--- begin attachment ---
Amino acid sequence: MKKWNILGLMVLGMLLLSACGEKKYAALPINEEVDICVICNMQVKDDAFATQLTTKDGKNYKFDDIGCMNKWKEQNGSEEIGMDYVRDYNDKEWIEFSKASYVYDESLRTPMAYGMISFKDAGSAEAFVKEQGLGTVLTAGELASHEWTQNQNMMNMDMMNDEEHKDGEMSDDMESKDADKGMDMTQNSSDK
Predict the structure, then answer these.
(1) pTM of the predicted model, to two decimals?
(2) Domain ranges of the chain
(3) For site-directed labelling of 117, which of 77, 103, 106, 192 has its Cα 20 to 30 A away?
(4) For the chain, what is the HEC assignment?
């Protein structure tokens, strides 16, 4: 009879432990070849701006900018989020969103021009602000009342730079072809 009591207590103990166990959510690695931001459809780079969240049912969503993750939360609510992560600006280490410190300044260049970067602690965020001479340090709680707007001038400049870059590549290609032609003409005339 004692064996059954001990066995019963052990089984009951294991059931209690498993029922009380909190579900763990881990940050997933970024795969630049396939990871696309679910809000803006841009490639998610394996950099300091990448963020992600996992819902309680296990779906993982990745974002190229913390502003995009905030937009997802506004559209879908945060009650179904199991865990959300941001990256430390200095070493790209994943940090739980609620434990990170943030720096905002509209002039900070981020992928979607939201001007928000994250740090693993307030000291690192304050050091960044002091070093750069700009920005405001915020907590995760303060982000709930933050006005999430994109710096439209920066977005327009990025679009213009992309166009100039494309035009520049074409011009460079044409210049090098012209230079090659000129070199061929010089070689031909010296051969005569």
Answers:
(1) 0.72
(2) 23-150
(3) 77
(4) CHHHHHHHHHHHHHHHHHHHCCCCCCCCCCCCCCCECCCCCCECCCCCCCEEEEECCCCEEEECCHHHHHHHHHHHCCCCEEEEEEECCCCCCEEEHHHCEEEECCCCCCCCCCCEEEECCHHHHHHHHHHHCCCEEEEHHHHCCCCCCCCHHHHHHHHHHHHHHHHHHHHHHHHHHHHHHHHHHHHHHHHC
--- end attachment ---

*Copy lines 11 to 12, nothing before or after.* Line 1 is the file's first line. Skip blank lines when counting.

(3) 77
(4) CHHHHHHHHHHHHHHHHHHHCCCCCCCCCCCCCCCECCCCCCECCCCCCCEEEEECCCCEEEECCHHHHHHHHHHHCCCCEEEEEEECCCCCCEEEHHHCEEEECCCCCCCCCCCEEEECCHHHHHHHHHHHCCCEEEEHHHHCCCCCCCCHHHHHHHHHHHHHHHHHHHHHHHHHHHHHHHHHHHHHHHHC